High speed wireless data service starts today in five Ontario cities. But it warns Ottawa the latest in technology won’t be extended to rural areas unless it can get spectrum in the 700 Mhz band
Bell Mobility has beaten Rogers Communications Inc. in the race to launch high speed LTE wireless data service in the country’s largest city.
Bell, a division of BCE Inc., quietly released a statement late Tuesday that LTE service will start today in Toronto, Mississauga, Hamilton, Kitchener-Waterloo and Guelph. LTE flex-rate data plans start at $45 a month for 1.5 gigabytes of data, and go up from there.
That’s the same pricing starting point as Rogers, which started commercial LTE service in July in Ottawa and promised to add Toronto on Sept. 28.
Bell [TSX, NYSE: BCE] said earlier this year it would start LTE service before the end of the year, but kept the launch dates and cities secret.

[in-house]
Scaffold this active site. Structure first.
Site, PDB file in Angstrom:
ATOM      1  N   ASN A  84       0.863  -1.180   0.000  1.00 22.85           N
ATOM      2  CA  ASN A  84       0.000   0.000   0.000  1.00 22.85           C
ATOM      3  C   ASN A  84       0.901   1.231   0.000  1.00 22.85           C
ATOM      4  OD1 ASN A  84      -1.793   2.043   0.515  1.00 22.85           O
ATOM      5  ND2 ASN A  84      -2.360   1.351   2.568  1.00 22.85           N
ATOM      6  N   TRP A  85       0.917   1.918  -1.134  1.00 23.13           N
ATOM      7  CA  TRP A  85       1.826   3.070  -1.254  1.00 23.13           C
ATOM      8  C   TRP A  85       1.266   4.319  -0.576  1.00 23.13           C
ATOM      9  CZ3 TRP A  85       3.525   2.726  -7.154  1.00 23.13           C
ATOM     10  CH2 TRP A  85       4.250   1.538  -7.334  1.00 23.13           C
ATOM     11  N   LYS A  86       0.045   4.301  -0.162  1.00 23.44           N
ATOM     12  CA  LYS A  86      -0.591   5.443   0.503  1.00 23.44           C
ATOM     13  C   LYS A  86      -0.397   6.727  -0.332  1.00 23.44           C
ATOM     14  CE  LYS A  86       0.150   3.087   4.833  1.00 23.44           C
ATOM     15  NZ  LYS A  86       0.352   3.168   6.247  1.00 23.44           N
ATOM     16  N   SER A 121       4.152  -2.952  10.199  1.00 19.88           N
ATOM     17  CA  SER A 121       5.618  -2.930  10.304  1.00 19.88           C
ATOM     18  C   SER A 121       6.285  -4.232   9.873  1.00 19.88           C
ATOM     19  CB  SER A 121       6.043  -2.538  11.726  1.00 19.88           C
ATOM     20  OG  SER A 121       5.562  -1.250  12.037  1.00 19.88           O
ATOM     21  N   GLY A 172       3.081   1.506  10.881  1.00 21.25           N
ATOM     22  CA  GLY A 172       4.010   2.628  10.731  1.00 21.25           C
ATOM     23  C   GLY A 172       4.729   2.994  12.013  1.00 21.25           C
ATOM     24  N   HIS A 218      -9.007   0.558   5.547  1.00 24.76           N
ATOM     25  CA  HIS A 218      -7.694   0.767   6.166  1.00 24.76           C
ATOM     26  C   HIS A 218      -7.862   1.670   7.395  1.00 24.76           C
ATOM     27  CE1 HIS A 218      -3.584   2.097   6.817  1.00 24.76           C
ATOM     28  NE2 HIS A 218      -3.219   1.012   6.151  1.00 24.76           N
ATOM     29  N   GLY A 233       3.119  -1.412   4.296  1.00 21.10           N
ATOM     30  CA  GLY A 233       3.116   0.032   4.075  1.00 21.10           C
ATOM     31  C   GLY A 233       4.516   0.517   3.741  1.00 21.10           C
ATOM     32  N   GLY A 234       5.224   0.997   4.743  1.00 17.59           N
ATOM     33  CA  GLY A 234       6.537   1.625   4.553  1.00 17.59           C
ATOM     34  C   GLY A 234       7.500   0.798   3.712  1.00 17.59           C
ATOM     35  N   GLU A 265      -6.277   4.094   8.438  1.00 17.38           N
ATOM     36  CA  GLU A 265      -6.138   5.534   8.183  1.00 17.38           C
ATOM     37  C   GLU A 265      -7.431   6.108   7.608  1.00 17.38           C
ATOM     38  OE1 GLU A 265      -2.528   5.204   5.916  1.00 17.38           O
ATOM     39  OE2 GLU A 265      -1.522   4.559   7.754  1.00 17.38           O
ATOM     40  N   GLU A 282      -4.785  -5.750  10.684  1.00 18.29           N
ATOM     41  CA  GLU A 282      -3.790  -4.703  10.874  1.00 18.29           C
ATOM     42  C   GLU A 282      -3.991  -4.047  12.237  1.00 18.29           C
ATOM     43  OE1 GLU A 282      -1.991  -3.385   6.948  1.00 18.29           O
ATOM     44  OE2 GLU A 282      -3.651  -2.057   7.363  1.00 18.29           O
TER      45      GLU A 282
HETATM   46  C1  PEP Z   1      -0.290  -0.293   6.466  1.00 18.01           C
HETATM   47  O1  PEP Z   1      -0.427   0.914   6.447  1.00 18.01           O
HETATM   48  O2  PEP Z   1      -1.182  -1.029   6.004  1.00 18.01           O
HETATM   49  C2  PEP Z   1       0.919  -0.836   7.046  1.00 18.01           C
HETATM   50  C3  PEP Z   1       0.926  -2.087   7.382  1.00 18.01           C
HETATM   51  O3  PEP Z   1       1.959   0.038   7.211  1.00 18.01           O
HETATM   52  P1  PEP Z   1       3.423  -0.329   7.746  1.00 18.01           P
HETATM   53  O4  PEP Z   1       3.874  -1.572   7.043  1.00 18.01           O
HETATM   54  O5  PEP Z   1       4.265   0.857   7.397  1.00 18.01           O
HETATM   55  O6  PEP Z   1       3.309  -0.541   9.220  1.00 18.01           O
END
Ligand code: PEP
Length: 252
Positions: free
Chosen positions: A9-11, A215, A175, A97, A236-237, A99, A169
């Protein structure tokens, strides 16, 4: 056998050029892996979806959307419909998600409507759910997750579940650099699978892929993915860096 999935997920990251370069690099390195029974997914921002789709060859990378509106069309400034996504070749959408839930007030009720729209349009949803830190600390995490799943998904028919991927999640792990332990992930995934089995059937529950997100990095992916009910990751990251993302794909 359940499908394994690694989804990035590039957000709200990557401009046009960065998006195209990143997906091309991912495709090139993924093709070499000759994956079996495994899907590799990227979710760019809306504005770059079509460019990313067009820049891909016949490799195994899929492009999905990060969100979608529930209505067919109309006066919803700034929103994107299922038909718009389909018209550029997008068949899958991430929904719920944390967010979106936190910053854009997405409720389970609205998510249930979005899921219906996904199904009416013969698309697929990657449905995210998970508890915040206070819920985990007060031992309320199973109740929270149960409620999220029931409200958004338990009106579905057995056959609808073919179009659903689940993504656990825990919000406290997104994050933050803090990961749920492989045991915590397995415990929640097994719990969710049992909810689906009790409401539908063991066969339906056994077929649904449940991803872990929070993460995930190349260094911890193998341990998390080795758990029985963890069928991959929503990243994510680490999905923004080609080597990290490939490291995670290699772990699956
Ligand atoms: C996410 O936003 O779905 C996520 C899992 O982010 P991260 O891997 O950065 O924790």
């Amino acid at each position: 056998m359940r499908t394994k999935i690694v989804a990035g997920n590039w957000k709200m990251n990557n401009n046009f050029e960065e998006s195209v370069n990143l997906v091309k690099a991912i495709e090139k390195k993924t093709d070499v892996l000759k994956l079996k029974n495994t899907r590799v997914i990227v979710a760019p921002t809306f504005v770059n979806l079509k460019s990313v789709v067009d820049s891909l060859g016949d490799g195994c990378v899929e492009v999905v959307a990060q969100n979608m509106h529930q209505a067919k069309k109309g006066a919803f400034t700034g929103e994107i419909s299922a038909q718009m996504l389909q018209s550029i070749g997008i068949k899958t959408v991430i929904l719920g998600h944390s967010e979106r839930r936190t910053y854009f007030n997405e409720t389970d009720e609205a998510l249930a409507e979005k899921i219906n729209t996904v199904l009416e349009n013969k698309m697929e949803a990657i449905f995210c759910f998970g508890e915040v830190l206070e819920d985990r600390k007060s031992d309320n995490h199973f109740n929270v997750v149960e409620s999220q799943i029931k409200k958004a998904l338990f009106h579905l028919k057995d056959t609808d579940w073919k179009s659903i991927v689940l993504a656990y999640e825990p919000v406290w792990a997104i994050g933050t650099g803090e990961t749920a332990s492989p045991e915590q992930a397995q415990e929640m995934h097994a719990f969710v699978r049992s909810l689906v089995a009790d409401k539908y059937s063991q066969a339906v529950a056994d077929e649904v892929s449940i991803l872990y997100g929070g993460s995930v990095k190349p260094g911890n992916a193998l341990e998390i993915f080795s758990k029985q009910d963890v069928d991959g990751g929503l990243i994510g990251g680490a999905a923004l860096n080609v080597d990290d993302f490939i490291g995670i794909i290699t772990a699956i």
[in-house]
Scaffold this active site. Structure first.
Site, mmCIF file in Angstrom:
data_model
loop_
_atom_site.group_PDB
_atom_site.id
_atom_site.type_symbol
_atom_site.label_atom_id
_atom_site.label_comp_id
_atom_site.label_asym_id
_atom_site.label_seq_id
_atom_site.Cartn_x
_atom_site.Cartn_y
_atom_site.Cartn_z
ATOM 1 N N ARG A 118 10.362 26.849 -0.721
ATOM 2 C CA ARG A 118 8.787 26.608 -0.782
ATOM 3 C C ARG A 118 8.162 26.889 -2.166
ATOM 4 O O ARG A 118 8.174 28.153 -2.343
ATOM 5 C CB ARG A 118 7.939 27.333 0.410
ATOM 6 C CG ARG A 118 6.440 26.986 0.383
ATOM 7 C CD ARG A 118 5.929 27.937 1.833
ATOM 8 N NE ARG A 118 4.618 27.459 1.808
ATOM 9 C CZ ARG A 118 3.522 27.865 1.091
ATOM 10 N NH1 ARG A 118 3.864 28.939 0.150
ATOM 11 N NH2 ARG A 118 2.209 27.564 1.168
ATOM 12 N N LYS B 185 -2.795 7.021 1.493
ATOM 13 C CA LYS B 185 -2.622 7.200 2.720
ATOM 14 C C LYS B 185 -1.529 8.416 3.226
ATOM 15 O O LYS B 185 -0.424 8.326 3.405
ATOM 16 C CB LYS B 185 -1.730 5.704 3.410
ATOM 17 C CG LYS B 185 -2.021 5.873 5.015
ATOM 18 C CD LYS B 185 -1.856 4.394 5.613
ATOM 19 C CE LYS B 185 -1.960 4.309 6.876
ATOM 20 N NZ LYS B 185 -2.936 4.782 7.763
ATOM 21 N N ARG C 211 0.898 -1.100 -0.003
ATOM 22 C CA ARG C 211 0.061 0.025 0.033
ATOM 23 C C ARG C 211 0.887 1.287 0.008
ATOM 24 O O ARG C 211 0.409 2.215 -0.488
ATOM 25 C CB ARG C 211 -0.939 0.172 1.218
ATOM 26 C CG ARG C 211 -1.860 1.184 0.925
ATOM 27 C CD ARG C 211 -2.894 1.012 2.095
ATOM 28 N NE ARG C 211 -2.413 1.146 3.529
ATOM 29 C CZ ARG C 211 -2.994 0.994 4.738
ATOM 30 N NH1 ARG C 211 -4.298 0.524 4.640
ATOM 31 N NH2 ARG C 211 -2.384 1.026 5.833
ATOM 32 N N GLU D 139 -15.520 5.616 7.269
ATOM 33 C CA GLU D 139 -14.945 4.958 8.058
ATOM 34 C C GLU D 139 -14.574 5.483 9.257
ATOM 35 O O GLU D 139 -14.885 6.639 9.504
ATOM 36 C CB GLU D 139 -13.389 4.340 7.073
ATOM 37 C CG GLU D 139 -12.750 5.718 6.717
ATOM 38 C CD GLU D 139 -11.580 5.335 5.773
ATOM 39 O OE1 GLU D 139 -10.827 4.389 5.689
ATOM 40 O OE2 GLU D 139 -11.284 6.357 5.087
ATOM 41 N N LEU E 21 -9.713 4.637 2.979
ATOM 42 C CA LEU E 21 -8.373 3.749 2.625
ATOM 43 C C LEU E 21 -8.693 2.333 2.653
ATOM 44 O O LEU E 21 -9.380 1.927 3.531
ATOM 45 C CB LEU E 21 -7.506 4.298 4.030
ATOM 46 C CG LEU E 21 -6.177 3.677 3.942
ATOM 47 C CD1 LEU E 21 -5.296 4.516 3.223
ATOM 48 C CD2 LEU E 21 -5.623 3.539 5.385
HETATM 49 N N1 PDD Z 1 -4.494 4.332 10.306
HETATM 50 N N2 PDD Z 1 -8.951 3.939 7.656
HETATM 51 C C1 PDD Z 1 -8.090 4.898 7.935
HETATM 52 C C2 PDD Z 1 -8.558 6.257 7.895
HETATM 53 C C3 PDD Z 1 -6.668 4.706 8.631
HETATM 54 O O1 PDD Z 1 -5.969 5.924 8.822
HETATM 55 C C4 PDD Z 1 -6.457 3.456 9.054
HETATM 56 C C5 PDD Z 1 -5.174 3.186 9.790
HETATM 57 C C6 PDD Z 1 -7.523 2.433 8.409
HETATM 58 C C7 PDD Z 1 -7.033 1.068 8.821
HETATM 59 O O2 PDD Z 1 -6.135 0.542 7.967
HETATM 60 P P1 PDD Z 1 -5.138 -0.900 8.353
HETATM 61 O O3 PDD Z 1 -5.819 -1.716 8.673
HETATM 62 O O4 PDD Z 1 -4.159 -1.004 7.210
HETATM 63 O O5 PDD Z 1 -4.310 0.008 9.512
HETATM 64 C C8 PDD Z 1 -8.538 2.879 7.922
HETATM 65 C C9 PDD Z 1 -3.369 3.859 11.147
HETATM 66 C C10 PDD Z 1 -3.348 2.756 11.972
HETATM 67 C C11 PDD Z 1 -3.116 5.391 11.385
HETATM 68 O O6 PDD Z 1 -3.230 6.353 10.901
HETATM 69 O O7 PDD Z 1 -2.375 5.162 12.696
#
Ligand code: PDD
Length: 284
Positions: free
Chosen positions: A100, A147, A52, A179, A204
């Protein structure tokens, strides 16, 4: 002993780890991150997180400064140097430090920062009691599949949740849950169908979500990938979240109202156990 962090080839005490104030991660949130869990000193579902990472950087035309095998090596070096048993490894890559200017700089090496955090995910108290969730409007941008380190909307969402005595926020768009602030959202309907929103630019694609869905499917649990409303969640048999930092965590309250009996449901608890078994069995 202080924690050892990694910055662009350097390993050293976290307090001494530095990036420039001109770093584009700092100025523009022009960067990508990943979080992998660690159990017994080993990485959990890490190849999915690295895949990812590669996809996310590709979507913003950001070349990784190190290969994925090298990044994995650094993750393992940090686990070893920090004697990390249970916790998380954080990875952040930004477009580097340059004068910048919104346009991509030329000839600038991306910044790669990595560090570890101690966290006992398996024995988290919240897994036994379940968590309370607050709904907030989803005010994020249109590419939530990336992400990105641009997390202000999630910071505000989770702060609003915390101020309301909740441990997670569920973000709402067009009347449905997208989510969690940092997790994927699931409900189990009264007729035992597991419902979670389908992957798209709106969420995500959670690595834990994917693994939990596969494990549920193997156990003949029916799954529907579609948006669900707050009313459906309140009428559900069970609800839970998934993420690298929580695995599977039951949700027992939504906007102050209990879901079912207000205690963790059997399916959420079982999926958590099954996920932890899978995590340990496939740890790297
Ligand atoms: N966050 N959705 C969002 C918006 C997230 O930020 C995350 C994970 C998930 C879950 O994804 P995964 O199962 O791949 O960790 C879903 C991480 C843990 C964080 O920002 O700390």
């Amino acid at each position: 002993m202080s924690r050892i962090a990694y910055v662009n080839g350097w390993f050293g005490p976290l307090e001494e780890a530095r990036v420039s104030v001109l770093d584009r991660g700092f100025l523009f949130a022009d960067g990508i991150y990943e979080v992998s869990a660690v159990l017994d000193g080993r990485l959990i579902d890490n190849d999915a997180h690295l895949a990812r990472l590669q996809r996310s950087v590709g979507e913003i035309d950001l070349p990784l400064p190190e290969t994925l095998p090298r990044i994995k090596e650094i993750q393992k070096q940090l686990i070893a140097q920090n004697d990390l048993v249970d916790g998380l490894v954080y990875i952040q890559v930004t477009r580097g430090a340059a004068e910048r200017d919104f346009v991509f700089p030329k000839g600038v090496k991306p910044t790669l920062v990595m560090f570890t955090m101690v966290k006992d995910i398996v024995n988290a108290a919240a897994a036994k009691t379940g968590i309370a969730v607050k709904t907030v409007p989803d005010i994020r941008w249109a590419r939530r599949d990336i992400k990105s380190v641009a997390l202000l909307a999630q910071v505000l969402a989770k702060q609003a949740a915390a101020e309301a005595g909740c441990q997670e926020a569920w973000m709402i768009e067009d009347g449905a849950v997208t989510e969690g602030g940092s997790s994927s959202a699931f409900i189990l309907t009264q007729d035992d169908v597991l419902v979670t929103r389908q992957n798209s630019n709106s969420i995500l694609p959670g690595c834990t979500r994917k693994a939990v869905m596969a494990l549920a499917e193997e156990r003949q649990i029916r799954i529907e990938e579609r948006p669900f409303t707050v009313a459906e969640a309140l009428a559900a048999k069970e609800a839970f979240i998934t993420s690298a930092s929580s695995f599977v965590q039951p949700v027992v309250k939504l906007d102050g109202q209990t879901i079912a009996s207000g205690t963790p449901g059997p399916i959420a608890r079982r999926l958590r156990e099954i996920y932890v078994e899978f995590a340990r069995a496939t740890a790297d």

LTE, short for Long Term Evolution, is the next generation IP-based wireless data technology that promises download speeds of over 100 Mbps under ideal conditions. Bell and Rogers say LTE customers should get download speeds averaging between 12 and 25 Mbps. The current generation HSPA+ wireless data technology used by Bell, Rogers and Telus maxes out at 42 Mpbs — again under ideal conditions — depending on which version of the standard they are using. Real average speeds will be below 10 Mpbs.
The current version of LTE that carriers are rolling out around the world isn’t regarded by experts as a true 4G (fourth generation) wireless standard that has a converged IP voice and data network. Voice over LTE won’t come until the LTE Advanced standard is finalized, which is likely a year away. Until then LTE-enabled smartphones will only take advantage of LTE on the data side.
Bell said its LTE network will be extended to other cities this year and in 2012, but says broadening the coverage to rural areas will depend on the rules Industry Canada sets for the upcoming 700 Mhz auction. That spectrum is prized by carriers for its ability to carry signals over longer distances, which means fewer cellular antennas have to be installed for a given area. That results in considerable capital savings.
The industry hopes the government’s strategy will become clearer when parliament resumes in the fall.
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